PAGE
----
triton - mitsubishi triton gls 12 - Mitsubishi Triton: Priced to yell!

What is it?

Mitsubishi’s Triton utility needs no introduction, with its Decepticon-like front styling.

It seems like the new model was only released a few months ago, yet it has already been updated.

Triton continues to sell well with a reputation for value, while Toyota’s Hilux and the Ford Ranger slug it out for the top two spots in this section of the market.

triton - mitsubishi triton gls 17 - Mitsubishi Triton: Priced to yell!

What’s it cost?

Triton was updated in October, with the GLS gaining keyless entry and one-touch start, plus a rear diff lock for better off-road performance.

The 4×4 pickup range kicks off the GLX Double Cab, priced from $37,490, followed by the GLX + at $40,990, our GLS at $45,140, Toby Price Edition at $48,140 and the GLS Premium with an auto at $52,490.

Only the top spec GLS Premium comes with an auto, which adds $2500 to the price of other models.

GLS is equipped with a more sophisticated Super select II 4WD system, with selectable off-road modes and a rear differential lock.

The safety story is a strong one with a five-star rating, seven airbags including a driver’s knee bag, plus Forward Collision Mitigation system (FCM) with pedestrian detection, Lane Departure Warning (LDW), Blind Spot Warning (BSW), Lane Change Assist (LCA), Rear Cross Traffic Alert (RCTA), Ultrasonic misacceleration Mitigation System (UMS).

They certainly don’t make ’em like they used to — thank goodness.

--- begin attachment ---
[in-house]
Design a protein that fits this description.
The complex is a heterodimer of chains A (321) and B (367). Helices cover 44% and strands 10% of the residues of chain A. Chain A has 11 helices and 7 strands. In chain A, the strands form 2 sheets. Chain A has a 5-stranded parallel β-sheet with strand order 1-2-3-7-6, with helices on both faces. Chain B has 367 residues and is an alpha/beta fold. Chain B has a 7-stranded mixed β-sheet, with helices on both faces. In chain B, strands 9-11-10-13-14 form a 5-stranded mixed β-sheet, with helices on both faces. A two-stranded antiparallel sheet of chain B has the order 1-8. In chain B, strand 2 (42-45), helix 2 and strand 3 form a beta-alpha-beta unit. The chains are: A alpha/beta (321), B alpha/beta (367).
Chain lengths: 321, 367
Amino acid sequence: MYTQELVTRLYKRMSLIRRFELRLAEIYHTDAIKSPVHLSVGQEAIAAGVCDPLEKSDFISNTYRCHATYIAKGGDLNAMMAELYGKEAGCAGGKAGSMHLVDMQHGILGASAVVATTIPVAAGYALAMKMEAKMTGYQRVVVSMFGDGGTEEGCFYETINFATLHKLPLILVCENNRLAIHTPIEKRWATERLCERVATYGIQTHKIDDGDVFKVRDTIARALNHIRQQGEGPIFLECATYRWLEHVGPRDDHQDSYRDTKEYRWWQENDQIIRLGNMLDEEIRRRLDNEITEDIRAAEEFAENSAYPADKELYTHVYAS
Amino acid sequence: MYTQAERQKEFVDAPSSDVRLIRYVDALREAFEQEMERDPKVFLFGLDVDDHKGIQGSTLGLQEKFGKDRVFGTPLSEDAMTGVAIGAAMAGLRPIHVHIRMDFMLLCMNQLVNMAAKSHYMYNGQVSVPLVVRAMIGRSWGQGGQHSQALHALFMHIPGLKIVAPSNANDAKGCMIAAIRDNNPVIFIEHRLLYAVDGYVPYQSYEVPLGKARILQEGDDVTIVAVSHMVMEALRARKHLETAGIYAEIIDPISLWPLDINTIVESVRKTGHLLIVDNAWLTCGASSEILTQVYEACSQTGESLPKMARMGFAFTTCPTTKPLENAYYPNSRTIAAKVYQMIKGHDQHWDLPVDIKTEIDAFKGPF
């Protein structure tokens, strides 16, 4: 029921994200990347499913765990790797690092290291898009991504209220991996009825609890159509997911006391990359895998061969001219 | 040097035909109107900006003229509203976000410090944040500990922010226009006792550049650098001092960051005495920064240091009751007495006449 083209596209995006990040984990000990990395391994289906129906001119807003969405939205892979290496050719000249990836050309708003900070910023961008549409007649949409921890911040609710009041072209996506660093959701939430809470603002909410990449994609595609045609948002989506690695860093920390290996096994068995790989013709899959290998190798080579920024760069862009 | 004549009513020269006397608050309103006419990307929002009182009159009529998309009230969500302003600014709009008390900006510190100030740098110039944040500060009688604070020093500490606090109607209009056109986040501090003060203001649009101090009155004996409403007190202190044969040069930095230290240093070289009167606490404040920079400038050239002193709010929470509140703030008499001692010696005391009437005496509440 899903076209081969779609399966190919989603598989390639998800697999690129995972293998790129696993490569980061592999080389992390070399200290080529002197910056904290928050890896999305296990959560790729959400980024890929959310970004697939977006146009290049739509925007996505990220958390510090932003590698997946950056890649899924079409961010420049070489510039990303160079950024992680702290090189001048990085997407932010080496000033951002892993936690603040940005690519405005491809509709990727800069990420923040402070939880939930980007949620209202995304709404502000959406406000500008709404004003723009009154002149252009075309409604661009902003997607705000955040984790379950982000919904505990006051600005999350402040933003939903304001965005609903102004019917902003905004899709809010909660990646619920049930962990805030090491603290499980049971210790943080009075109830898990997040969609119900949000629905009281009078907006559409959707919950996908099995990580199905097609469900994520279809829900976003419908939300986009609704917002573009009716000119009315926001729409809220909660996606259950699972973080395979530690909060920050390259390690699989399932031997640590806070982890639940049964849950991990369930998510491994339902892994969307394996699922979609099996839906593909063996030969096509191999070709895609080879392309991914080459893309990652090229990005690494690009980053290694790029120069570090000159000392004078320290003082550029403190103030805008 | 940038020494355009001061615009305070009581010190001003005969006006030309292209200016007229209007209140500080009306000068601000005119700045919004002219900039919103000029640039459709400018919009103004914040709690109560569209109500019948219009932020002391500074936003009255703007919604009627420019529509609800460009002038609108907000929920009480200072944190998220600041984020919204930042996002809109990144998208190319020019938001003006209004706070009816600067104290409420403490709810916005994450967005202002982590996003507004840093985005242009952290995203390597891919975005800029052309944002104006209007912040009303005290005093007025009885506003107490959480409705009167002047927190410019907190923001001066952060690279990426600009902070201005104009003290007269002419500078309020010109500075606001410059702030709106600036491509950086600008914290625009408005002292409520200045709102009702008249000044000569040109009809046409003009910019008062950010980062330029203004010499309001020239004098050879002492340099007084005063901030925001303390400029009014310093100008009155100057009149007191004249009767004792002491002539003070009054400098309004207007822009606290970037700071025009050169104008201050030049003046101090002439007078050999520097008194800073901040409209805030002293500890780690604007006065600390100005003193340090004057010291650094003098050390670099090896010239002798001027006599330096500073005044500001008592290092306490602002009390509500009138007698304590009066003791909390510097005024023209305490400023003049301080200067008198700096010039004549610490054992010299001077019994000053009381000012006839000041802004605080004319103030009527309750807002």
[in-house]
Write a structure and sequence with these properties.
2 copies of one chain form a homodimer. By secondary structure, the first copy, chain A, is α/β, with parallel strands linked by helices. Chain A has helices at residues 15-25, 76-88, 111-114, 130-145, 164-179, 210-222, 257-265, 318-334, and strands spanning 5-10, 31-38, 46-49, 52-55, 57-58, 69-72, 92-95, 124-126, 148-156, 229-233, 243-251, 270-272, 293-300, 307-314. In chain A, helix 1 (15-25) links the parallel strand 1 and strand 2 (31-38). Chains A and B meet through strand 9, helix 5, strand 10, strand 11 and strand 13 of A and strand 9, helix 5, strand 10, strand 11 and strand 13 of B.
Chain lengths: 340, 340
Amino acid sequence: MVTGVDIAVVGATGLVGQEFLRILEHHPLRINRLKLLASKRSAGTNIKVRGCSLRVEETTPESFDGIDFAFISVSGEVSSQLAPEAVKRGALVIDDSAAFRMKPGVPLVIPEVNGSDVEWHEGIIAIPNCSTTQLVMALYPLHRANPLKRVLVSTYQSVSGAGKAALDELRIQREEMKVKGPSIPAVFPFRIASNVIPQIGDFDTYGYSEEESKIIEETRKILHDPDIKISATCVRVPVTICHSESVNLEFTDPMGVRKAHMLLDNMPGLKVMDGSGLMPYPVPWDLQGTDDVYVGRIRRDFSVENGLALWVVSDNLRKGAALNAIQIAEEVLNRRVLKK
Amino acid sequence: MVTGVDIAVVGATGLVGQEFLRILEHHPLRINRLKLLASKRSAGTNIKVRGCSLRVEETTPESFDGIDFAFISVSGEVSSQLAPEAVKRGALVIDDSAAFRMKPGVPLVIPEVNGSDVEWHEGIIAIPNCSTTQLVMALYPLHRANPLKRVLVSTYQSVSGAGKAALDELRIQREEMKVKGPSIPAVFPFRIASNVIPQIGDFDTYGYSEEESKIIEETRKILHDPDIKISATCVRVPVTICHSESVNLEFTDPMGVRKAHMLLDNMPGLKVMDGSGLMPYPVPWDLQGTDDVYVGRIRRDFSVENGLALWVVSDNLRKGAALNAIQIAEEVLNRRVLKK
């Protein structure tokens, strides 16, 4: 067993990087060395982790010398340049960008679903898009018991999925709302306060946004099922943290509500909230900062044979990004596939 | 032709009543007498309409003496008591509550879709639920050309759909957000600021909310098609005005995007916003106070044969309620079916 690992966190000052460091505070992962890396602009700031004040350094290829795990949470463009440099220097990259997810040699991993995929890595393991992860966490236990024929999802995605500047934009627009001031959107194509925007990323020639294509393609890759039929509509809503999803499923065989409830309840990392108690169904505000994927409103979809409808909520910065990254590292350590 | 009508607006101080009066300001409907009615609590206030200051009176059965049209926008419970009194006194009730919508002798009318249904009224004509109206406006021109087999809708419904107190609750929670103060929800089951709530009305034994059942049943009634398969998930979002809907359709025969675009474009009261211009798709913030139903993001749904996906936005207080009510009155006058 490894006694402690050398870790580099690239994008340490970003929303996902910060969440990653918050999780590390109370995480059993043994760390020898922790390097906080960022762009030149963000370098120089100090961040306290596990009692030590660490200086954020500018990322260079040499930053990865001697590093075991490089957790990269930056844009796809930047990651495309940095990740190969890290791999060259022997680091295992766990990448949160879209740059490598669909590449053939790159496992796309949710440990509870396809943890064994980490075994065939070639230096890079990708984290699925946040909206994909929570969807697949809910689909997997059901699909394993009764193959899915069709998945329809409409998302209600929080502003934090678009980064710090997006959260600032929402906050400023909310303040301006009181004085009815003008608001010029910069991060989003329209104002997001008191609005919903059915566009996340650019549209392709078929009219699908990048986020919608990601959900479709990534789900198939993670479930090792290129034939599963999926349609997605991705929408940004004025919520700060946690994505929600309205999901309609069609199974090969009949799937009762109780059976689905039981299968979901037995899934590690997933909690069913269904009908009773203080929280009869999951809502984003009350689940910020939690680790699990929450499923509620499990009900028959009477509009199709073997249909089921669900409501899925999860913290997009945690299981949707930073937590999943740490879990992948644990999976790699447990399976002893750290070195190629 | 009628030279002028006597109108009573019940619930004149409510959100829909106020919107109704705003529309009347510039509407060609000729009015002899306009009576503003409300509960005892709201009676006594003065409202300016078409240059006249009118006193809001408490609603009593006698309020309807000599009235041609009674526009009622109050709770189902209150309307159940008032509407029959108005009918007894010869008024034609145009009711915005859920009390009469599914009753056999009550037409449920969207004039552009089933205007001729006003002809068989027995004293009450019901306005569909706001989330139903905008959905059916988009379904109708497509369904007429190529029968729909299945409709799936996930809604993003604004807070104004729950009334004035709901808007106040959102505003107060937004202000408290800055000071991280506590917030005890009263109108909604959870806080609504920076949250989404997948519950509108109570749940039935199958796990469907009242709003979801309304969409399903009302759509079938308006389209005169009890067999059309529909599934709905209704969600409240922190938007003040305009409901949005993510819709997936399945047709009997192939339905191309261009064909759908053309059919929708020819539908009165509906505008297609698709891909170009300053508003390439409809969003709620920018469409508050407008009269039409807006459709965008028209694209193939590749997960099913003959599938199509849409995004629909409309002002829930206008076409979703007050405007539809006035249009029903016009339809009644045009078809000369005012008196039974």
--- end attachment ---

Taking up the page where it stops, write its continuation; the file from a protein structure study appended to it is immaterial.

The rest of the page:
There’s cloth trim, dual zone climate air, rear-view camera, LED headlights, cruise control, speed limiter, side steps, front and rear parking sensors, auto high beam, auto lights and wipers and an auto dimming rear view mirror.

The 7.0-inch touchscreen includes DAB digital radio, with Apple CarPlay and Android Auto phone connectivity, but alas it’ doesn’t make the short list of models that qualify for satellite navigation.

Our test vehicle was also equipped with an optional tonneau and a bullbar (that enhances rather than detracts from the look).

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What’s it go like?

This version of Triton feels more like a traditional 4×4 than a smooth, road-going vehicle, with jiggly suspension and rubbery steering.

Like most utes, it’s also fitted with rear drum brakes.

It’s fairly responsive to the throttle though.

Seating in the front is reasonably comfy, with a steering wheel that is both height and reach adjustable.

Rear legroom is not generous, but at least the seat back is inclined, and there’s a fold down centre arm rest and two USB ports in the back.

There’s a couple more USB and an HDMI port in the front too.

The 2.4-litre four cylinder turbo diesel produces 133kW of power and 430Nm of torque, and in our test vehicle was paired with a 6-speed auto, complete with paddle shifts.

The new 6-speed tranny features a taller top gear optimised to lower revs at higher speeds, making it a quieter and more comfortable over long distances.